Carolina-Piedmont Section. Joint School of Nanoscience and Nanoengineering, Greensboro, North Carolina.
Academic record: Pontifical Catholic University, Lima, Peru, BS, 1990; Columbia University, PhD, 1994.
Honors: ACS Award for Research at an Undergraduate Institution, 2021; ACS Fellow, 2020; ACS Stanley C. Israel Regional Award for Advancing Diversity in the Chemical Sciences (Southeastern Region), 2013; American Crystallographic Association Elizabeth A. Wood Science Writing Award, 2014; Fulbright Scholarship, 2007; International Union of Pure and Applied Chemistry Young Observer Award, 2005, 2009; Indiana University Excellence in Undergraduate Chemistry Research Award, 2005; Henry Dreyfus Teacher-Scholar, 2002.
Professional positions (for the past 10 years): Joint School of Nanoscience and Nanoengineering, associate dean and professor of nanoscience, 2021–; University of North Carolina at Charlotte, professor, 2006–21, associate professor, 2002–06, assistant professor, 1996–2002.
Service in ACS national offices: Committee on Committees, 2023–; Committee on Nomenclature, Terminology, and Symbols, 2013–21; ACS Southeastern Regional Meeting, program chair, 2017; Committee on Minority Affairs, 2002–10, Committee on Project SEED, 2004–05.
Service in ACS offices: Carolina-Piedmont Section: councilor, 2020–, 2014–16, alternate councilor, 2017–19, 2012–13; History of Chemistry Division: past-chair, 2021–22, chair, 2019–20, chair-elect, 2017–18; Inorganic Chemistry Division: Coordination Chemistry Subdivision, chair, 2016, chair-elect, 2015.
Member: Member of ACS since 1989. ACS Divisions: History of Chemistry; Inorganic Chemistry.
Related activities: ACS Project SEED, University of North Carolina at Charlotte, program coordinator, 1999–2007; US National Committee for the International Union of Pure and Applied Chemistry (IUPAC), member, 2016–17, vice-chair, 2018–19, chair, 2020–23; IUPAC Division II (Inorganic Chemistry), associate member, 2012–13, titular member, 2014–17, project coordinator, 2012–19, secretary, 2020–23; Main Group Chemistry, editorial board member, 2023–; Polyhedron, editorial board member, 2012–; Philatelia Chimica et Physica, editor, 2005–16; F. Albert Cotton Award in Synthetic Inorganic Chemistry, selection committee member, 2005–08; 67 peer-reviewed publications.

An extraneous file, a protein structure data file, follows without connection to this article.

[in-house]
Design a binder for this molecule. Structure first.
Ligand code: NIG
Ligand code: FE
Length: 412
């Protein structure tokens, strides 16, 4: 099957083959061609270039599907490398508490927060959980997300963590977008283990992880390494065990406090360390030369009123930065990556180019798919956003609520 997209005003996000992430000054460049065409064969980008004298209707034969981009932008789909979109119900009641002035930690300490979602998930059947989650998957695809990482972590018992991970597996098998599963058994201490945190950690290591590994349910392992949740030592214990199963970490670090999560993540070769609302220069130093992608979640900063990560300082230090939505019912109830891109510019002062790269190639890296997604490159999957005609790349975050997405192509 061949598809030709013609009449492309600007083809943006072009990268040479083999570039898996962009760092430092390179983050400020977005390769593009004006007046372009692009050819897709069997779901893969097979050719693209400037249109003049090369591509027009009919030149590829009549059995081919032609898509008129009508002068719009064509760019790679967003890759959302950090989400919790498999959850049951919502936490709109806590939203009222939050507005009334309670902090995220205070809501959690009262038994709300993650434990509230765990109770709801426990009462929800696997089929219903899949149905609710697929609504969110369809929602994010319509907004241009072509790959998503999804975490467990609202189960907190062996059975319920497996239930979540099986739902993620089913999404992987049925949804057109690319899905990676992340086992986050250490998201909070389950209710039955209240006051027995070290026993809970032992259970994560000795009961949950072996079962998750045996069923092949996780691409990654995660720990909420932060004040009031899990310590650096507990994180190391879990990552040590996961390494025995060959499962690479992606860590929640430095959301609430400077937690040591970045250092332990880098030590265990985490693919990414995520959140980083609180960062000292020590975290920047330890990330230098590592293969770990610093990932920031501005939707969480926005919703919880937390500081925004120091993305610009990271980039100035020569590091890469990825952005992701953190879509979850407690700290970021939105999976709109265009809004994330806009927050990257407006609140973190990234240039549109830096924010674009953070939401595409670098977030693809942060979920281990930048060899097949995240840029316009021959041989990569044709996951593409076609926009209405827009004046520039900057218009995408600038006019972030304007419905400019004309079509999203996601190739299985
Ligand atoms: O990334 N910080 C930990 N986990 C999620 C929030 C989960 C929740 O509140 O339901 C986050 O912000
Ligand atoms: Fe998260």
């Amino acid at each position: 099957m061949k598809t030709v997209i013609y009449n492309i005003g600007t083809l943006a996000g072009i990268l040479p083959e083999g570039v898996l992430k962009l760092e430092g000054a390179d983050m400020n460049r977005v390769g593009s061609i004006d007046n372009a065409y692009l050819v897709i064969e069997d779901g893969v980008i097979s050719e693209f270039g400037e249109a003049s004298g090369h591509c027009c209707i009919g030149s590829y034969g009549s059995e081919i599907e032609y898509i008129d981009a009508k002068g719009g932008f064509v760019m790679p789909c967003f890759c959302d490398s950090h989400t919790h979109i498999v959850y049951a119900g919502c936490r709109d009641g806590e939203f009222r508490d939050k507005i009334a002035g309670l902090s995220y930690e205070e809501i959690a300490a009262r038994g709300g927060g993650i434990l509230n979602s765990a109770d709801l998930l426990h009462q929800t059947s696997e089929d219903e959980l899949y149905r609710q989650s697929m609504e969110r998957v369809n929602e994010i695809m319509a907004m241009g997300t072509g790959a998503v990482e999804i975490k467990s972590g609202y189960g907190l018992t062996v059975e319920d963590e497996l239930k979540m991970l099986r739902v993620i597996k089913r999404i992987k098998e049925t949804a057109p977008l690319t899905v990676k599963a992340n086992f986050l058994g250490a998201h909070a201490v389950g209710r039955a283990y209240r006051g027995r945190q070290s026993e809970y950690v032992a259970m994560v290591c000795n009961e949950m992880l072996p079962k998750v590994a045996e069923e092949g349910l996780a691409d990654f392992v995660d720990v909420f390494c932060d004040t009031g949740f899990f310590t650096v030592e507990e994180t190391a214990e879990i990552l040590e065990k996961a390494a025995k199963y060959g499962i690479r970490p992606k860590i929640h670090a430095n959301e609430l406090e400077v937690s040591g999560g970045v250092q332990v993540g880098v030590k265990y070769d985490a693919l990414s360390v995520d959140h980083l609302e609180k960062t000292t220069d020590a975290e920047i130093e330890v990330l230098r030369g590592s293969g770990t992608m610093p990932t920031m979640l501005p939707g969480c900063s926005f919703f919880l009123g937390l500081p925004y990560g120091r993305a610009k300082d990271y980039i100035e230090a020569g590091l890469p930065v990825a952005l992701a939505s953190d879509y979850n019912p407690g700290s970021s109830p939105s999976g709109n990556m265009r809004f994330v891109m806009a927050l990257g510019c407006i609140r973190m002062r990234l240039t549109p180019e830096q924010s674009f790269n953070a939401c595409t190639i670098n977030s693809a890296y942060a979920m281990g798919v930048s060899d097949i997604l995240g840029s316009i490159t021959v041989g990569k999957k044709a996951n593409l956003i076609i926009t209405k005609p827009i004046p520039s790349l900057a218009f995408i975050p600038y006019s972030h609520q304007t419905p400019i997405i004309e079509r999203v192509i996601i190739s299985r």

It is a distinctive honor to have been nominated as a candidate for one of the director-at-large positions on the American Chemical Society Board of Directors. The invitation to run for election, candidly speaking, was also a pleasant surprise since I seldom see myself vying for a leadership position by design, whether it is an opening in an ACS committee or technical division or a vacancy in a college-wide committee at the university. Sure, I joined ACS shortly after arriving in the US for graduate school almost 34 years ago, and I have been a proud wallet periodic table-carrying member ever since. I have participated in more than 45 spring and fall ACS meetings and attended almost every Southeastern Regional Meeting since the beginning of my independent career in 1996, all while serving ACS at the local, regional, and national levels in multiple capacities. I outline in this statement my most relevant qualifications and my personal commitment to serve (if elected) on the board and, more importantly, to continue working tirelessly to advance our society’s mission and vision.
A (spring)board of directors